qemu-ga uses the guest-sync or guest-sync-delimited command to address the problem of re-sync'ing the channel after [re-]connection or client-side timeouts. These are described below.


The guest-sync request/response exchange is simple. The client provides a unique numerical token, the agent sends it back in a response:

   > { "execute": "guest-sync", "arguments": { "id": 123456 } }
   < { "return": 123456}

A successful exchange guarantees that the channel is now in sync and no unexpected data/responses will be sent.

Note that for the reasons mentioned above there's no guarantee this request will be answered, so a client should implement a timeout and re-issue this periodically until a response is received for the most recent request.

This alone does not handle synchronisation for all cases, however. For instance, if qemu-ga's parser previously received a partial request from a previous client connection, subsequent attempts to issue the guest-sync request can be misconstrued as being part of the previous partial request. Eventually qemu-ga will hit it's recursion or token size limit and flush its parser state, at which point it will begin processing the backlog of requests, but there's no guarantee this will occur before the channel is throttled due to exhausting all available buffers. Thus there is potential for a deadlock situation occurring for certain instances.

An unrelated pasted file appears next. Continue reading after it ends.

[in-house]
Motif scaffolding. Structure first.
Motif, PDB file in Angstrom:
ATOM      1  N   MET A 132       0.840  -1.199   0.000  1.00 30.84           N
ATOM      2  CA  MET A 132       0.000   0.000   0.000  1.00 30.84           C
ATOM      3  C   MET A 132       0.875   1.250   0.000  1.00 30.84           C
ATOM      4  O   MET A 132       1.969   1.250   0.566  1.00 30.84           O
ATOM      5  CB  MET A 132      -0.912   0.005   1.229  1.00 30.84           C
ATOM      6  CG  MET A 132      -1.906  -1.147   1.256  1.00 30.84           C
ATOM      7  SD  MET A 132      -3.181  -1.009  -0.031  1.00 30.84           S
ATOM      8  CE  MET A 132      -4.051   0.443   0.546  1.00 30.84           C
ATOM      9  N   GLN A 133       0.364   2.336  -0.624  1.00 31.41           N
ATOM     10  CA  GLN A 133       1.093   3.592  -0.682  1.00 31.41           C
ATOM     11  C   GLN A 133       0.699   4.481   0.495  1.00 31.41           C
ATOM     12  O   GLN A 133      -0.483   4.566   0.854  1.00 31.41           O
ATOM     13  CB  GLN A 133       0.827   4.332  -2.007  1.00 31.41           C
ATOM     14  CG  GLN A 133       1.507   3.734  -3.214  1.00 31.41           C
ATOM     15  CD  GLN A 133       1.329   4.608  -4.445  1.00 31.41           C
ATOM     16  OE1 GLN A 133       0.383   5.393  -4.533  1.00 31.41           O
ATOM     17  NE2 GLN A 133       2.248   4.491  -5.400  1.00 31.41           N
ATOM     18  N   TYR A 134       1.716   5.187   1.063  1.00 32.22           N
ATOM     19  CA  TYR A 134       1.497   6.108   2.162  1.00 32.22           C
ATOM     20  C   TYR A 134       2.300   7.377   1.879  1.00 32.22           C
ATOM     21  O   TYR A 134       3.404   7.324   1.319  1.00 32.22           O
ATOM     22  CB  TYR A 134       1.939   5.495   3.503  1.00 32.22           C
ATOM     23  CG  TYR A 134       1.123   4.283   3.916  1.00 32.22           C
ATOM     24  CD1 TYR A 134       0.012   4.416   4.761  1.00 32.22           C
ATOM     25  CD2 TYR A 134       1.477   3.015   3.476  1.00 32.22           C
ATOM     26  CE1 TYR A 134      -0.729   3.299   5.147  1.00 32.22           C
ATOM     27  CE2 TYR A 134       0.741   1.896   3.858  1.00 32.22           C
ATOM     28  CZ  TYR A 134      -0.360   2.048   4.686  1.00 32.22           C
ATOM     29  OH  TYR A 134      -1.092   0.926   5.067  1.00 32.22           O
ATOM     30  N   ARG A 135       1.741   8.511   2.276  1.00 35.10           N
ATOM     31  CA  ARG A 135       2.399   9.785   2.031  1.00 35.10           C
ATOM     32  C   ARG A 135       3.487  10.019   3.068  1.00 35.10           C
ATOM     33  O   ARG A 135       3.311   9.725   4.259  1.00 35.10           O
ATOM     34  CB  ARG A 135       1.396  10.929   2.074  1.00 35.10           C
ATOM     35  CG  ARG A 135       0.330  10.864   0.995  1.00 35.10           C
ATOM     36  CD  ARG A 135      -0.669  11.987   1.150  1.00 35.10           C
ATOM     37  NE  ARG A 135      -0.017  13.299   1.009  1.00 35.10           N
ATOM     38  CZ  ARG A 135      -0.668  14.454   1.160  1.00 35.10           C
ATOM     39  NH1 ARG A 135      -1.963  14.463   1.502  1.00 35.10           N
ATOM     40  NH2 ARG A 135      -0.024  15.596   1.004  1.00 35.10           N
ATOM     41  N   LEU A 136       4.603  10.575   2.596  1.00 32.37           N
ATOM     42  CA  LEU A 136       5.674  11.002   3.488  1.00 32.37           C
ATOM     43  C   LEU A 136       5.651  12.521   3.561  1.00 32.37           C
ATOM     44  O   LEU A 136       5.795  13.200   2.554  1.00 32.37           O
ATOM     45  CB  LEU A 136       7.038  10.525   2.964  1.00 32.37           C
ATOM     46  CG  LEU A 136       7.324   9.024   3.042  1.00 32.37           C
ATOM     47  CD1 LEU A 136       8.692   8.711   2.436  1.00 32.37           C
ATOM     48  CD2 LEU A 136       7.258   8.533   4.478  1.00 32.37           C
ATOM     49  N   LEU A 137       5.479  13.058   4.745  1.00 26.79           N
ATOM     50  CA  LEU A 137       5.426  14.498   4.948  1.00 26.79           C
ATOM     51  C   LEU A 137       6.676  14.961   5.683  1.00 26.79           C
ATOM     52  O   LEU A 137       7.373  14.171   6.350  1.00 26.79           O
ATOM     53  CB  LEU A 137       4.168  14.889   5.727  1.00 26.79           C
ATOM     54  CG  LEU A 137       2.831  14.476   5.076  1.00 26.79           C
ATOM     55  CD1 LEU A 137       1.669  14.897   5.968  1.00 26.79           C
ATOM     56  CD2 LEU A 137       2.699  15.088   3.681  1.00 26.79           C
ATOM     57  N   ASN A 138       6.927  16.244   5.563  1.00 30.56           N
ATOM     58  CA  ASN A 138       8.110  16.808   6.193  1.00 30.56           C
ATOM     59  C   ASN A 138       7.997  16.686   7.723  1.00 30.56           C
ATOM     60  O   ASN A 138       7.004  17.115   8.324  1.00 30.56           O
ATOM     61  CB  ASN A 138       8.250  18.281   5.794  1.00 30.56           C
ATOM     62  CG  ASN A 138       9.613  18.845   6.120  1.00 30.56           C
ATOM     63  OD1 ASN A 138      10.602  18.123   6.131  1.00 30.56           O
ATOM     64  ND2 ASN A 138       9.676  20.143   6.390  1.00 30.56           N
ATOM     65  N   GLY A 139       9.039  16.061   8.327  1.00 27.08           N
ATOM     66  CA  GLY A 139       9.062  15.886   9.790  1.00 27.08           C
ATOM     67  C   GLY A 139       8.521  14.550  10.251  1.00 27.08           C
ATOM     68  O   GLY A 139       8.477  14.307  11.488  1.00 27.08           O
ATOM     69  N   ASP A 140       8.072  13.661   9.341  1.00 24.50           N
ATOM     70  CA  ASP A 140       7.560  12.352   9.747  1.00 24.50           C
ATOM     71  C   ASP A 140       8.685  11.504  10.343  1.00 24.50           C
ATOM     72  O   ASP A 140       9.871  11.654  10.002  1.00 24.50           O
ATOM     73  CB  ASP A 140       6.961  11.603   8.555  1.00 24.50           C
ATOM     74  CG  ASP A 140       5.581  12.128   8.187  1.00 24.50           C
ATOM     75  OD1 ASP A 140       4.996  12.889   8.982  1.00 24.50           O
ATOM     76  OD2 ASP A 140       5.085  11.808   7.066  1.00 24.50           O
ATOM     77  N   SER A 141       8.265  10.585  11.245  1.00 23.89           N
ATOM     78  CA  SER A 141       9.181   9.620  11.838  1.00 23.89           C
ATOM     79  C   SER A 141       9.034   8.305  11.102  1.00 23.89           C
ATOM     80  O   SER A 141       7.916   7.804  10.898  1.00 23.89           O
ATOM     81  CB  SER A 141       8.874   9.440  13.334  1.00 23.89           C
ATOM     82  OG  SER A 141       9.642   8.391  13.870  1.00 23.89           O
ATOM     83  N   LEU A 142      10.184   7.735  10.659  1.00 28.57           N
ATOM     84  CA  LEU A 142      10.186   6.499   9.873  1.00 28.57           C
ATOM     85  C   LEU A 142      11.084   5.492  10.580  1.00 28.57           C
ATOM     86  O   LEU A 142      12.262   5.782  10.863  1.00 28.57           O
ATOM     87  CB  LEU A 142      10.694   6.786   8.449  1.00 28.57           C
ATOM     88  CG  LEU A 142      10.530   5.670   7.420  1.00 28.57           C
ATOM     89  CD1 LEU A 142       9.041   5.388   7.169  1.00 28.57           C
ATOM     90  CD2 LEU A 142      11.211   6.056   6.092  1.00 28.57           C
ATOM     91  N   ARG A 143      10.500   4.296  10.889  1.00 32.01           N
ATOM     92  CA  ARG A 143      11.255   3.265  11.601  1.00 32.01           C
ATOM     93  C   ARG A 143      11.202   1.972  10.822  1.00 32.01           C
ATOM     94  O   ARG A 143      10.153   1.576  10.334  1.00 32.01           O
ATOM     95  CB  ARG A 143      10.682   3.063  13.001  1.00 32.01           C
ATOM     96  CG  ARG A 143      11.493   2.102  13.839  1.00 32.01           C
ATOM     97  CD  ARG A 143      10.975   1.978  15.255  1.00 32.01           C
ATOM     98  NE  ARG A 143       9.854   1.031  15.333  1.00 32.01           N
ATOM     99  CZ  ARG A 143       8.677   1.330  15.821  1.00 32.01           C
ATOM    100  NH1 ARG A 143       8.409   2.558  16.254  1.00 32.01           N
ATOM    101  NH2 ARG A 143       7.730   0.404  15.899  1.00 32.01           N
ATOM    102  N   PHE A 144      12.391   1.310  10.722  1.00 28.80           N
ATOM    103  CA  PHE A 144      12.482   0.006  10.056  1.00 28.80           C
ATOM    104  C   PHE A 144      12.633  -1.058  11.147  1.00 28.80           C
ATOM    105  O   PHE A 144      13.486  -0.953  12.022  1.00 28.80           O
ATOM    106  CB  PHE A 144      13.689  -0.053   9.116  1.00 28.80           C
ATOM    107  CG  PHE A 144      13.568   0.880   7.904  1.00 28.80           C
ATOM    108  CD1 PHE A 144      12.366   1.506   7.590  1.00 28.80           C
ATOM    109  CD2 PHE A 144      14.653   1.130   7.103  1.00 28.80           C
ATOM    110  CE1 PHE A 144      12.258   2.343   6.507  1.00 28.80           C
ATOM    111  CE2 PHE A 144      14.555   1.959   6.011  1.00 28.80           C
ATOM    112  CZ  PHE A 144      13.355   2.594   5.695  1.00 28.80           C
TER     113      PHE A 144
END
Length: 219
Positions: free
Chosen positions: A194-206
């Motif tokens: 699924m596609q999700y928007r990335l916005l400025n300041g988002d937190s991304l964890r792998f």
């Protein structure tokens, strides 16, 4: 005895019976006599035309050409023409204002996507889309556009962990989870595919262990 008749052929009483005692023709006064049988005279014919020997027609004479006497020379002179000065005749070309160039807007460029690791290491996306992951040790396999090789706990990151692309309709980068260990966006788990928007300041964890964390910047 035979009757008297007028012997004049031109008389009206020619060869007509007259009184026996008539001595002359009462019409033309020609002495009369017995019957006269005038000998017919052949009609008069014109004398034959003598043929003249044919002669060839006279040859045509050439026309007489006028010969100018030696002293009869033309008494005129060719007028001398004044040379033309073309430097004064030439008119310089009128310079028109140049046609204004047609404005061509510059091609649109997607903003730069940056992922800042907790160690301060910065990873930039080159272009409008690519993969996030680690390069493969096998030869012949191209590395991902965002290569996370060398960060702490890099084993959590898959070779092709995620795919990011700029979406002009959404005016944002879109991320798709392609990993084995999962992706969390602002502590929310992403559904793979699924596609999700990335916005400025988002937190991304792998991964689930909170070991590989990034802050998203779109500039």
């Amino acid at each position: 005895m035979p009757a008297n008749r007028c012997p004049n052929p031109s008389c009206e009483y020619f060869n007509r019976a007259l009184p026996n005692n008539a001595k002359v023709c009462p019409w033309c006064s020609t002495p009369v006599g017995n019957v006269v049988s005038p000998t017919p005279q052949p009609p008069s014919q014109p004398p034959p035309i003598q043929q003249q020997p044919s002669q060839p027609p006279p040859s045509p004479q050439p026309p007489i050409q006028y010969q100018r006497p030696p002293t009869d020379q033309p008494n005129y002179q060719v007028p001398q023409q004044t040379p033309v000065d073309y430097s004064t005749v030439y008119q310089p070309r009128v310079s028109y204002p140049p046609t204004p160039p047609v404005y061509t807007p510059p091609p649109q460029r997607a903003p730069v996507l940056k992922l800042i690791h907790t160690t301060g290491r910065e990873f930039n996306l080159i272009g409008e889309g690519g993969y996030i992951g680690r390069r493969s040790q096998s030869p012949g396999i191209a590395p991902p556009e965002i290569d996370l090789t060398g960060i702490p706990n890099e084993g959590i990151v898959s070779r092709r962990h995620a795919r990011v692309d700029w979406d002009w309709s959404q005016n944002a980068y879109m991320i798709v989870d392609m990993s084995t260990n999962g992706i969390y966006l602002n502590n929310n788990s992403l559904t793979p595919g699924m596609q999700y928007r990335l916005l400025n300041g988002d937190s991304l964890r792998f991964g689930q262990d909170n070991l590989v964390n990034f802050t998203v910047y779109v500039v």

To avoid this, qemu-ga/QEMU's JSON parser have special handling for the 0xFF byte, which is an invalid UTF-8 character. Clients should precede the guest-sync request with to ensure that qemu-ga flushes it's parser state as soon as possible. So long as all clients abide by this, the deadlock state should be reliably avoidable.

A similar situation can happen WRT to qemu-ga attempting to communicate with a client, however. If the client receives a partial response from a previous qemu-ga instance, the client might misconstrue responses to guest-sync as being part of this previous request. For client implementations that treat newlines as a delimiter for qemu-ga responses, this is easy to recover from (one valid response may be lost, but we can recover on the subsequent try).